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Does Caffeine Make You Drowsy?

by
author image Rachel Nall
Rachel Nall began writing in 2003. She is a former managing editor for custom health publications, including physician journals. She has written for The Associated Press and "Jezebel," "Charleston," "Chatter" and "Reach" magazines. Nall is currently pursuing her Bachelor of Science in Nursing at the University of Tennessee.
Does Caffeine Make You Drowsy?
A woman working while drinking coffee at a cafe. Photo Credit PBNJ Productions/Blend Images/Getty Images

As a nervous system stimulant, caffeine in coffee, soft drinks and chocolate can make you feel as if someone pressed a "fast-forward" button on your body. While caffeine has many effects, one that is not common is causing you to feel drowsy. However, when caffeine wears off, you may notice the effects of fatigue are more pronounced. Understanding how caffeine affects your system can help you understand why you may associate drowsiness with caffeine.

Effects

When you consume caffeine, it signals the release of hormones in your body that can increase your heart rate and blood pressure. This brings more oxygenated blood to your tissues, causing you to feel more alert and awake. While caffeine can affect people differently, it should not make you feel drowsy. If you do not feel more awake, you may find you feel more jittery or anxious instead.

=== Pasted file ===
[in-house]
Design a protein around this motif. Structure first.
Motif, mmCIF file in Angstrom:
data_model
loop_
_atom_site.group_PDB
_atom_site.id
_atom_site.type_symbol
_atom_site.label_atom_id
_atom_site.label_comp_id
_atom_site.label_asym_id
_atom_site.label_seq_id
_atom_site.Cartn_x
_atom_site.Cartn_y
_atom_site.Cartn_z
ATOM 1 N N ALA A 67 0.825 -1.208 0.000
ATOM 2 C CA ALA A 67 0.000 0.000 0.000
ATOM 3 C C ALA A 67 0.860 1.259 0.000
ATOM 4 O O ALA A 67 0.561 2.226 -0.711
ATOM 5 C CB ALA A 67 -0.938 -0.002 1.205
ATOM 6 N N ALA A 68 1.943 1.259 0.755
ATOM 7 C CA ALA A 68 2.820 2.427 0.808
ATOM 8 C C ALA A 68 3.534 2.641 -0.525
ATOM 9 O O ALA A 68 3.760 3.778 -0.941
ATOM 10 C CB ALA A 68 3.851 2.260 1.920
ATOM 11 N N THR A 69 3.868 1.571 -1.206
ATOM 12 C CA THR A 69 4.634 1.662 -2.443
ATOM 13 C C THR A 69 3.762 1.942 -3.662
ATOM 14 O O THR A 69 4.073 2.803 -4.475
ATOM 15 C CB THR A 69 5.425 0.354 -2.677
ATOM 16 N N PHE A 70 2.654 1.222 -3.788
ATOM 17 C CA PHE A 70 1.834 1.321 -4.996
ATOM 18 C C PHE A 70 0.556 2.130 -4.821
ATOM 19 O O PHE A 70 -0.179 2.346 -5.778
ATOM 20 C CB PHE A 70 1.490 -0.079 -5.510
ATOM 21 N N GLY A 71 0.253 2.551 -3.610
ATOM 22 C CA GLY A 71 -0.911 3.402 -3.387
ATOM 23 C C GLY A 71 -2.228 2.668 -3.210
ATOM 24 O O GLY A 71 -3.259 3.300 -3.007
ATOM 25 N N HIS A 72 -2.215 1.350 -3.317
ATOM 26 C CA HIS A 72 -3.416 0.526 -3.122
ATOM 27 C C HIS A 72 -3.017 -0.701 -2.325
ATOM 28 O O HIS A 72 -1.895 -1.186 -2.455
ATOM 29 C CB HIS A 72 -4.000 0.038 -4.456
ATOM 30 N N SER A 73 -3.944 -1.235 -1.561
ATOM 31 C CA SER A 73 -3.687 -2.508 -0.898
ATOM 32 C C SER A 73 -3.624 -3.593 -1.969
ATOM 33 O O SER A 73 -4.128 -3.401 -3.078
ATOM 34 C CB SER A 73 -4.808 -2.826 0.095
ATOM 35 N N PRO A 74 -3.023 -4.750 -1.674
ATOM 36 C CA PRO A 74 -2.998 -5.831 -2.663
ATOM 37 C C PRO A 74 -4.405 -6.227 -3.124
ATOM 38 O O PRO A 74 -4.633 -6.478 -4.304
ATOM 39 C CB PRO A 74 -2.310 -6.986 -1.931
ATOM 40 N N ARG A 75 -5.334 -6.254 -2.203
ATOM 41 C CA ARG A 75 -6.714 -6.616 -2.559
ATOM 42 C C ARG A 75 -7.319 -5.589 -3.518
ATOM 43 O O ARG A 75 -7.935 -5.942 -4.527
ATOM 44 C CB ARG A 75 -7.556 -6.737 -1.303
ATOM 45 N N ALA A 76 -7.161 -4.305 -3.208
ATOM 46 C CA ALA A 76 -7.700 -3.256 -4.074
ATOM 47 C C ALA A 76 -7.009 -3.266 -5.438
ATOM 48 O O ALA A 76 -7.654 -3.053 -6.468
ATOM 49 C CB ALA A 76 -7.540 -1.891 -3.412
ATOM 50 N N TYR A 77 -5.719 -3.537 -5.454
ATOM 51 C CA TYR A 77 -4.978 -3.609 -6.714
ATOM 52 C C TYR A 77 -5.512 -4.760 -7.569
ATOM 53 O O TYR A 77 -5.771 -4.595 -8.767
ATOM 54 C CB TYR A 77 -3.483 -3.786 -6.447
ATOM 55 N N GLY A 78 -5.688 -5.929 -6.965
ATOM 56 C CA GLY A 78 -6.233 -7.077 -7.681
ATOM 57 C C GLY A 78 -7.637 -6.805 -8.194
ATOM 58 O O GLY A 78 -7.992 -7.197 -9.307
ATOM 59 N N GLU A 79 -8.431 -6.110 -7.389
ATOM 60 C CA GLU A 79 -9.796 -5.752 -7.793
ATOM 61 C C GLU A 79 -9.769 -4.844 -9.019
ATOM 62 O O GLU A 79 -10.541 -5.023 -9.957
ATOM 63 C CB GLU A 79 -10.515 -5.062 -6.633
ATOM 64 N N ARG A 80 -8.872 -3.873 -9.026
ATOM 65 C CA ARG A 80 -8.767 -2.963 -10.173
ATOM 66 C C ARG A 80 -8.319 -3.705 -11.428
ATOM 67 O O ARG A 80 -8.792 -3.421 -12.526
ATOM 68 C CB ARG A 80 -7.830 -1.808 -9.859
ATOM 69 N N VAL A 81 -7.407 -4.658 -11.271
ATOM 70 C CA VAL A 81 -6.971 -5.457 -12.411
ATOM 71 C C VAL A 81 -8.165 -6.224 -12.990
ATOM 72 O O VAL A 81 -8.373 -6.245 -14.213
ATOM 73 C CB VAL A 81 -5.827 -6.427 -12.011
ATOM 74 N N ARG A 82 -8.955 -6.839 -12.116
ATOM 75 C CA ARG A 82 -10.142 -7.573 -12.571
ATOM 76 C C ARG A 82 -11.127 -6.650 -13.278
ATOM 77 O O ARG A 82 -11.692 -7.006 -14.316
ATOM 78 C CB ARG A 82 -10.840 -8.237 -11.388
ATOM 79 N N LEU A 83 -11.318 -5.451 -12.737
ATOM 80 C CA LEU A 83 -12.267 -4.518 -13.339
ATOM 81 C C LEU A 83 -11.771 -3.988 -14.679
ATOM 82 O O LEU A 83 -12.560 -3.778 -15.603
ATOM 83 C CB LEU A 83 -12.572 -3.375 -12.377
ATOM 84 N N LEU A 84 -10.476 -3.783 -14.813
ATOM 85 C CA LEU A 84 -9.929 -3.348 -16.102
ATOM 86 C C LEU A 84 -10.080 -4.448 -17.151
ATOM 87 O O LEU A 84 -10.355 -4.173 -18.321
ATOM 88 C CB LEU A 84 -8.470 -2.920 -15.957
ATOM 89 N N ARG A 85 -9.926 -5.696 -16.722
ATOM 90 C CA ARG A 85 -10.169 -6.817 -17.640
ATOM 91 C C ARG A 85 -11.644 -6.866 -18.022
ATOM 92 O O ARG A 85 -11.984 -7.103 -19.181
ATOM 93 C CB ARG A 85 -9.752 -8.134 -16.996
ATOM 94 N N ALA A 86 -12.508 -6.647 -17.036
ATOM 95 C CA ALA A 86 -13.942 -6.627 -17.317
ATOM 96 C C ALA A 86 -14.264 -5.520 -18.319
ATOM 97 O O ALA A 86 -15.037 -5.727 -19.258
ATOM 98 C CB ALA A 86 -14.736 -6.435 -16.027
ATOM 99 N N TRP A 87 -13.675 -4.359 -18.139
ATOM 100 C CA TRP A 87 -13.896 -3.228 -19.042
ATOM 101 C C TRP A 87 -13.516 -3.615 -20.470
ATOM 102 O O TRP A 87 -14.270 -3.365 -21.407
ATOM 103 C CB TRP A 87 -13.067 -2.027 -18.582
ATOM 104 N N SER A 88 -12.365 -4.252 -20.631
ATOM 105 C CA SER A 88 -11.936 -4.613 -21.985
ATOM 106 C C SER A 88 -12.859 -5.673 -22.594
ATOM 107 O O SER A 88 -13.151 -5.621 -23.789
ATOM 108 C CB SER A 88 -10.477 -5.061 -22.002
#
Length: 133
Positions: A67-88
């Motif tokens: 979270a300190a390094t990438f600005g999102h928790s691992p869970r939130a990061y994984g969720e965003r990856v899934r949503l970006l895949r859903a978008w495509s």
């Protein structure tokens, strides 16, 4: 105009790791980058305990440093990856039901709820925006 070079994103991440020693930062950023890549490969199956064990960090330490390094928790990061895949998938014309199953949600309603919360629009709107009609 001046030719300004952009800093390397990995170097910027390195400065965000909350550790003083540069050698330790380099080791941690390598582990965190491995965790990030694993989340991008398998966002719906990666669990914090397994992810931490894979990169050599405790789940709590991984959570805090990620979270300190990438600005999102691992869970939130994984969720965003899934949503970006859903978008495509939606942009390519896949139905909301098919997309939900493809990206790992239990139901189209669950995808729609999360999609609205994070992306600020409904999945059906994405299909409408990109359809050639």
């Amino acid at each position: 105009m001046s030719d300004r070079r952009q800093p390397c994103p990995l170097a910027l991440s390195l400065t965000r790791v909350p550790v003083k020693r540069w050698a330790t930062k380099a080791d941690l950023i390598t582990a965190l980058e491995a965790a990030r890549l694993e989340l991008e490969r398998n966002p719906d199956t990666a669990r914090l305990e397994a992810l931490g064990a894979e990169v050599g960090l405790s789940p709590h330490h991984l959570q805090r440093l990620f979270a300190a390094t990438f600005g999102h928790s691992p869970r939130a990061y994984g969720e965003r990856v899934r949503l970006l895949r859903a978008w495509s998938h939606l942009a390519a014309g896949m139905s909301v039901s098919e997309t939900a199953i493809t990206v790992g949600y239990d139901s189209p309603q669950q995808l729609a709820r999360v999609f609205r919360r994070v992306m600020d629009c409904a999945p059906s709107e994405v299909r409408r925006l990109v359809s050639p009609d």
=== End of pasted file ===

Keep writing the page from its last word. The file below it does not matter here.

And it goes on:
A Low 'Low'

Caffeine can mask your drowsiness symptoms, which can be beneficial if you are tired and need to concentrate on a task, meeting or project. However, caffeine starts to wear off gradually, and when it does, you may find you feel even more fatigued than you were before you consumed caffeine. Remember that caffeine can cover up your drowsiness, but it does not make it go away entirely. If you find you are especially sleepy a few hours after consuming caffeine, this has more to do with your lack of sleep than it does the caffeine you consumed.

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A Harmful Cycle

Because caffeine contributes to alertness, it can confuse your nervous system into thinking your body does not sleep or it can affect your ability to enter a deep sleep. In this way, excess caffeine intakes can set off a harmful cycle in your body. For example, you may drink caffeine to feel more alert. However, the caffeine keeps you from going to sleep, which makes you drowsy. The circle continues when you drink more caffeine during the day to reduce feelings of drowsiness. Over time, this fatigue can manifest itself as insomnia, or an inability to fall into a deep sleep.

Solution

If your caffeine habit is interfering with your daily sleep cycle or causing you to experience bouts of energy followed by deep fatigue, it may be time to cut back on your caffeine. Because ceasing caffeine consumption altogether can cause adverse side effects, such as headache and irritability, you may wish to cut back on your caffeine intake gradually (see reference 1. Start by switching your daily cup of coffee to decaffeinated or brewing your tea for a shorter time, which reduces the amount of caffeine present.

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References

Demand Media